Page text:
Tuesday, October 5, 2010

Life, 2nd thoughts

On September 30th, I wrote a bit about a book I was getting ready to read, "Life: A User's Manual" by Georges Perec.  I'm well into the first part of the book, and this conjured up some other thoughts on it.

I had mentioned that the book was written in the 3rd person, told by some unnamed entity who knows everything about all the characters in the book.  I forgot to mention, or perhaps I forgot entirely, there is no dialog in the book.  There's mention of one person talking to another, but so far, and I believe for the entire book, there is never any dialog.

It is as if this narrator is describing a photograph.  Frequently there is no one in a room he describes.  If there are people, he describes them as in mid-action, not as going from point A to point B for example.  It's as if there characters are frozen in an instant, like in a candid photo, and the narrator describes the picture.

A lot of time is spent describing the things in whatever apartment the narrator is in at the moment.  Frequently these are mundane things described in detail.   The narrator also seems to have a very deep level of cultural literacy, and assumes the reader has the same.  Well this particular reader (me) has a fair amount of cultural literacy, but there are lots of references in this book I don't have a clue about.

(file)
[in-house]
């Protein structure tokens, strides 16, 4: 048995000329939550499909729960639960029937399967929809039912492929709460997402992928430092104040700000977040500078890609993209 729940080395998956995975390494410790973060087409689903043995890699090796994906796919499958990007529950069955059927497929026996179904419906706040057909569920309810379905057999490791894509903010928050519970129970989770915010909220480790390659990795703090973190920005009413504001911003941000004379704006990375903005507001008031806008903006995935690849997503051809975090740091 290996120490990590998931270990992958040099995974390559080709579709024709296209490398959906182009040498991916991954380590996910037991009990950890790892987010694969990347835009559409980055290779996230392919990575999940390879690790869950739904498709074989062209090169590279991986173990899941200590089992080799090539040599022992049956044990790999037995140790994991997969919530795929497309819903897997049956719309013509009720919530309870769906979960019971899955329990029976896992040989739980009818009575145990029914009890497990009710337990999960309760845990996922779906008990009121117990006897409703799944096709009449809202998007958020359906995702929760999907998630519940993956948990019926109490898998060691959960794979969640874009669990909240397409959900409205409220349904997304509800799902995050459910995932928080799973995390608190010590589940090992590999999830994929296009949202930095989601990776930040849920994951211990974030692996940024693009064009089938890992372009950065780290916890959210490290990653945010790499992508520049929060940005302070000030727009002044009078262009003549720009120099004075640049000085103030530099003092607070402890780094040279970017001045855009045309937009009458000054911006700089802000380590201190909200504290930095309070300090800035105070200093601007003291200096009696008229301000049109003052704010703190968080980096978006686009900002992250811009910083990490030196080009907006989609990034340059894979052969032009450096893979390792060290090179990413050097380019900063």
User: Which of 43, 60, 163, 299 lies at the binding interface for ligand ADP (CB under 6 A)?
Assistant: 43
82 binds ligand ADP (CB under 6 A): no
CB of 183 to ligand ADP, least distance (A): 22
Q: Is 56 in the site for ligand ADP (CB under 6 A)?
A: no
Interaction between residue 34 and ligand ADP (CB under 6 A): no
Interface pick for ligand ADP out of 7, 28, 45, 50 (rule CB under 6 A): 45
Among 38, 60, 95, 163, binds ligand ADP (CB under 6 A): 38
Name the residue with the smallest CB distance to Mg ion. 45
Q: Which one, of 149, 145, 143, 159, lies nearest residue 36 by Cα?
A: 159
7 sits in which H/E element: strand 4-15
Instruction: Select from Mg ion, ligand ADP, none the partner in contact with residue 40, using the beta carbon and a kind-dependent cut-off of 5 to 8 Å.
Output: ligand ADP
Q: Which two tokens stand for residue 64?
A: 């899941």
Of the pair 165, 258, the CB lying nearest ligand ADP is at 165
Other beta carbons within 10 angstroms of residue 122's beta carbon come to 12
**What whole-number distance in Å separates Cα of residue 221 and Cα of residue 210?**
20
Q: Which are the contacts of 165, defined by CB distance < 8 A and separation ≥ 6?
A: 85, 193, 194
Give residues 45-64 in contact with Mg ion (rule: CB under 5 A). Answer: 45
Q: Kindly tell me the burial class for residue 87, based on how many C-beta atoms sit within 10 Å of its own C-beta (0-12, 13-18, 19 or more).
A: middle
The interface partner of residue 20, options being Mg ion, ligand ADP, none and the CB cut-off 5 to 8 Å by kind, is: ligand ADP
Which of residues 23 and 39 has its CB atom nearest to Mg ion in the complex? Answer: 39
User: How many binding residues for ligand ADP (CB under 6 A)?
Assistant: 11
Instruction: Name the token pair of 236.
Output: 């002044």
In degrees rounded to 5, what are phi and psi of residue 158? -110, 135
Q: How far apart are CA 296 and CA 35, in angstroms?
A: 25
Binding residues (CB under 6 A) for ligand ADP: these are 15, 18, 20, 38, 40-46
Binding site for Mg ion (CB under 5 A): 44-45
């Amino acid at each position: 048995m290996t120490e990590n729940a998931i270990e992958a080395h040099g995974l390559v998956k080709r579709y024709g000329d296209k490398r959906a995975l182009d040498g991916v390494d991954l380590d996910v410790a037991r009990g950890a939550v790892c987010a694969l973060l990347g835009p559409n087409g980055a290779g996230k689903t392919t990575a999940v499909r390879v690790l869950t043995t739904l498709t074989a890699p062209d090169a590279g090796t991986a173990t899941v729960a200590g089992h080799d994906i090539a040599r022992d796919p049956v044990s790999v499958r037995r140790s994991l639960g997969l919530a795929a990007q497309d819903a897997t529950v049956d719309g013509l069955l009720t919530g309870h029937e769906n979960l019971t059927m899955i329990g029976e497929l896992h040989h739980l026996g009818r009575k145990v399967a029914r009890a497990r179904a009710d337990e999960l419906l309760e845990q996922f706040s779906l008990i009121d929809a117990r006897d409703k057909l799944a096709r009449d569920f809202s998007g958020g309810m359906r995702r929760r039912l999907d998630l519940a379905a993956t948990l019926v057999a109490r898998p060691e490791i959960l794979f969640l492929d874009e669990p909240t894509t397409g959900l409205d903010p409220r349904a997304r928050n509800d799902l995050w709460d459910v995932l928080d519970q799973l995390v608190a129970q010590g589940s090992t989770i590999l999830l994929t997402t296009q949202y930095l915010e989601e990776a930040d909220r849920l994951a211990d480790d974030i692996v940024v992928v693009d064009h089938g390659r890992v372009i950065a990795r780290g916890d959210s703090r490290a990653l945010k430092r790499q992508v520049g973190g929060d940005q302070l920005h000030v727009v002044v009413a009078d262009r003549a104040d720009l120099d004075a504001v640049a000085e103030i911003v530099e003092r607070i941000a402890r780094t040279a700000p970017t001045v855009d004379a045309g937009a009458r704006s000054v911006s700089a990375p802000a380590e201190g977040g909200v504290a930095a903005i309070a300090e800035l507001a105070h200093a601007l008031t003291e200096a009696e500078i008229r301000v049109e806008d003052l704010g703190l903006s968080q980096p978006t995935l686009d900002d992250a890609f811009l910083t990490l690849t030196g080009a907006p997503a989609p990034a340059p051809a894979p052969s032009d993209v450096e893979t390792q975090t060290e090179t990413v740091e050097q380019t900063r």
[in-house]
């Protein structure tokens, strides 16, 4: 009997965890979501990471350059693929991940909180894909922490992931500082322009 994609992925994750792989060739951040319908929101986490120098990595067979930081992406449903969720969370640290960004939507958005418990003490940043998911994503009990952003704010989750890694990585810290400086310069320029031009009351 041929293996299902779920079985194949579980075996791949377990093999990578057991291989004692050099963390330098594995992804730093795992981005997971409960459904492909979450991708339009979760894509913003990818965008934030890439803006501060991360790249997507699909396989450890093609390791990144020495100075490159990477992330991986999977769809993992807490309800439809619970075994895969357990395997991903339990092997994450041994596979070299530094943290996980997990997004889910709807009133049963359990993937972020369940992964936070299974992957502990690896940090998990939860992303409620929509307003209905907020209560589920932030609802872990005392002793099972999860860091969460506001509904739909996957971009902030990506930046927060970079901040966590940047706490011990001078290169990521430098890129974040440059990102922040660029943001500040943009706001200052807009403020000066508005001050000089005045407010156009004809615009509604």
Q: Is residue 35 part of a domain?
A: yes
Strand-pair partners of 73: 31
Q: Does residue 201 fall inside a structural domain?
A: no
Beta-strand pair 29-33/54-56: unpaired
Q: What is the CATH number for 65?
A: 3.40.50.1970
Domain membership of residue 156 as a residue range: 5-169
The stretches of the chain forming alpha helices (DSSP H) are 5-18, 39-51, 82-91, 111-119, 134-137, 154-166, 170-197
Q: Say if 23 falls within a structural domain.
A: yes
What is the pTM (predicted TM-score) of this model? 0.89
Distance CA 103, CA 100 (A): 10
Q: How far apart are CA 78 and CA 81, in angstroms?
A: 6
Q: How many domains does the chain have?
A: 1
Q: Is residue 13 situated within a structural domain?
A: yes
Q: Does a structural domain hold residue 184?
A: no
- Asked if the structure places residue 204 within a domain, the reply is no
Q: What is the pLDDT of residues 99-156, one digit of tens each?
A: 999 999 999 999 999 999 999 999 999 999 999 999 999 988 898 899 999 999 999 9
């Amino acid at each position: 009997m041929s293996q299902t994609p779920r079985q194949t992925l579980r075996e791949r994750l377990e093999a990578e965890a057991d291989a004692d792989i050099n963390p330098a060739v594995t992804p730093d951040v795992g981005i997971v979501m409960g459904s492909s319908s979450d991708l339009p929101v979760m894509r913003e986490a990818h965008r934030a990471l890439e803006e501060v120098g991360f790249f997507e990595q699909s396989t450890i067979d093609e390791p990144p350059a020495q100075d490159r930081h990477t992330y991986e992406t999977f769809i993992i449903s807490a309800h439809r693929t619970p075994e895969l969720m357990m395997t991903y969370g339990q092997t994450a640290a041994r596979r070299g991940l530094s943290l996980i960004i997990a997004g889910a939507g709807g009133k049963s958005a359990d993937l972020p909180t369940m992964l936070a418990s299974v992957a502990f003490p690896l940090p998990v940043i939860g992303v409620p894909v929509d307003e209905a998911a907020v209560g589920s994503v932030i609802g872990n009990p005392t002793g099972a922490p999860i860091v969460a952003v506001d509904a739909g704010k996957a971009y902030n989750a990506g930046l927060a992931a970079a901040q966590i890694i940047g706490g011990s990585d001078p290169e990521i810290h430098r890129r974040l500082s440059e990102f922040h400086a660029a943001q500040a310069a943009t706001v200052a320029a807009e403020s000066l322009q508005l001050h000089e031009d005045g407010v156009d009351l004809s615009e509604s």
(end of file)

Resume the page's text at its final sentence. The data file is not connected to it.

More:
The main thread, the main story is well underway, developing quite nicely, in fact.  I only know that because I've read the book back in 1989 or so.  If I hadn't I wouldn't even know what the main thread was at this point.  I'm sure, back in 1989, I wasn't even aware what the point of the book was at this point.  So I've lost that element of surprise - I won't have that OMG moment I had 20 years ago because I know what's coming, I know who the main character is & what's going on.   But I'm enjoying it just the same.

This is a beautifully written book.  I assume anyway, it was obviously translated from French into English, so  I guess I really wouldn't know.    It has complexities on several levels.  And besides complexities, it has a preamble, an index, a chronology, and an appendix where it references all the stories the narrator tells. 

I enjoy reading it, though I think I'll be at it awhile.  It is a book you have to want to read.  I don't expect I'll ever understand it completely.

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